Question: My wife and I are both 61 years old. We earn above-average incomes and our projected Social Security benefits at full retirement age are $2,600 each. Our financial planner told us we should wait until age 70 to take advantage of a 32 percent increase of annual benefits between the full retirement age and age 70. She also told us that if I would file for Social Security at my full retirement age and then suspend payments, when my payments start at age 70 they would include the 32 percent increase and my wife could start collecting a spousal benefit equal to one-half of my benefit when she turns 66. Then when she turns 70 she could switch to her own benefit, which would include the 32 percent increase.
Now I hear that Congress is passing a law that might cancel this strategy. What’s that all about?
Answer: The “file and suspend” strategy has been a useful tool in a retiree’s retirement tool kit since 2000. As you stated, if you wait until age 70 to collect, your payments will be 32 percent higher than they would have been at age 66. And if one spouse implements that strategy, the other spouse can collect spousal benefits between 66 and 70 that are equal to 50 percent of the other spouse’s benefits.
In 2000, Congress passed the Senior Citizen Freedom to Work Act, and that law allowed people to suspend their benefits in order to build delayed credits if they continued to work past full retirement age. Under the 2000 law, a spouse could start spousal benefits four years earlier than he or she could have before.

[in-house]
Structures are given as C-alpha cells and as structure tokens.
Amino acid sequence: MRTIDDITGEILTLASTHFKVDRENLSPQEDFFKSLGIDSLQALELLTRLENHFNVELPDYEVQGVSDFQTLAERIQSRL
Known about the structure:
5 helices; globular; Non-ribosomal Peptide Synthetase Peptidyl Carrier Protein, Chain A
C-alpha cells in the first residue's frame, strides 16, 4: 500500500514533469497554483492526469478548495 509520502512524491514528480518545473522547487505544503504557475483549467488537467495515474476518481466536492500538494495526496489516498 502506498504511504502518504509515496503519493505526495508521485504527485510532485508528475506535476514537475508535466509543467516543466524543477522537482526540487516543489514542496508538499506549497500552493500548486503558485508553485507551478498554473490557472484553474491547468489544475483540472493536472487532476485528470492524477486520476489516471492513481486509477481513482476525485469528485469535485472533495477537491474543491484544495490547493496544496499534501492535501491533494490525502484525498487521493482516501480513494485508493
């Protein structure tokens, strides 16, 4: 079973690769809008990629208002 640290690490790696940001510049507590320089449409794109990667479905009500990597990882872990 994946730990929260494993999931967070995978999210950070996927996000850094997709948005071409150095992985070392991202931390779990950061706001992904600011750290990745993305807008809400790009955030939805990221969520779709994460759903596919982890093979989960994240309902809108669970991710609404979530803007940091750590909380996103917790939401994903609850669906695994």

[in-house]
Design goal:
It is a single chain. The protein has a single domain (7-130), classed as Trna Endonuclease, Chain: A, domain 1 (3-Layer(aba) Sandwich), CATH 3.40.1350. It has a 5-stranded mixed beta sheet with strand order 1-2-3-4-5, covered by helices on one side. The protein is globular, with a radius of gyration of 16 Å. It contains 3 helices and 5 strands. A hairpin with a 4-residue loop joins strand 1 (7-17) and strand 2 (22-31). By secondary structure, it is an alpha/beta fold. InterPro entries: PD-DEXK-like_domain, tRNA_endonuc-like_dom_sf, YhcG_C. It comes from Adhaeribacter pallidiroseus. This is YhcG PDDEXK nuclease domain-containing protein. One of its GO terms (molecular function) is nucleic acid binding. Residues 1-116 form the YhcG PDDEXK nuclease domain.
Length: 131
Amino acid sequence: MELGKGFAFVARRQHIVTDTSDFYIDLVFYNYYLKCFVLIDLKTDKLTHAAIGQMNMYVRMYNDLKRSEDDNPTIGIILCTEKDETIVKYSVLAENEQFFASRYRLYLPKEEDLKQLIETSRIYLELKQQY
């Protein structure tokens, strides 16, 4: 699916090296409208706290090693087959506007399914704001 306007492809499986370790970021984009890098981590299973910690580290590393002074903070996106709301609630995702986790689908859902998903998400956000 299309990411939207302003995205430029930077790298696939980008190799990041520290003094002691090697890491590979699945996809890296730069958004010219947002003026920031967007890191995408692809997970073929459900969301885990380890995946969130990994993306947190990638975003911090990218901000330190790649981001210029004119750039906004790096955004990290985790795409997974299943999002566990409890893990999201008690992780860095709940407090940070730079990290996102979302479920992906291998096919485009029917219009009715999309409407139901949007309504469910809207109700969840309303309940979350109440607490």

Now fast forward to 2015. Congress, looking for ways to extend the debt ceiling, needed to cut spending. As “file and suspend” with spousal benefits became more widely known and more people took advantage of it, Congress started thinking of it as a “loophole” and they put an end to it by adding a provision to the “Bipartisan Budget act of 2015” that passed both Houses last week and the President signed on Monday. The bill extends the debt ceiling until March 2017.
Question: Does this mean I have to start taking Social Security at full retirement age?
Answer: Full retirement age is 66 for people born in 1943-1954 and gradually increases to age 67 for people born in 1960. The new bill does not prevent you from increasing monthly benefits by suspending them until you reach age 70. It only prevents your spouse from receiving spousal benefits while you are suspending your benefits.
This change can have a substantial effect on your retirement plan. Using you as an example, if your expected monthly payments at age 66 are $2,600 each and if you were able to file and suspend and your spouse was able to begin collecting spousal benefits, she could collect $62,400 in benefits from age 66 to 70 ($1,300 x 48 months). Under the change to the law, she can’t do this. She can start her own benefits at age 66 or she can wait till 70, but she can’t claim spousal benefits while your payments are suspended.
Question: When does this change take effect?
Answer: The change becomes effective May 1, 2016.
Kenneth B. Petersen CFP®, EA, MBA, AIFA® is an investment advisor and Principal of Monterey Private Wealth, Inc., a Wealth Management Firm in Monterey. He welcomes questions that you may have concerning investing, taxes, retirement, or estate planning. Send your questions to: Ken Petersen, 2340 Garden Road Suite 202, Monterey, CA93940 or email them to email@example.com.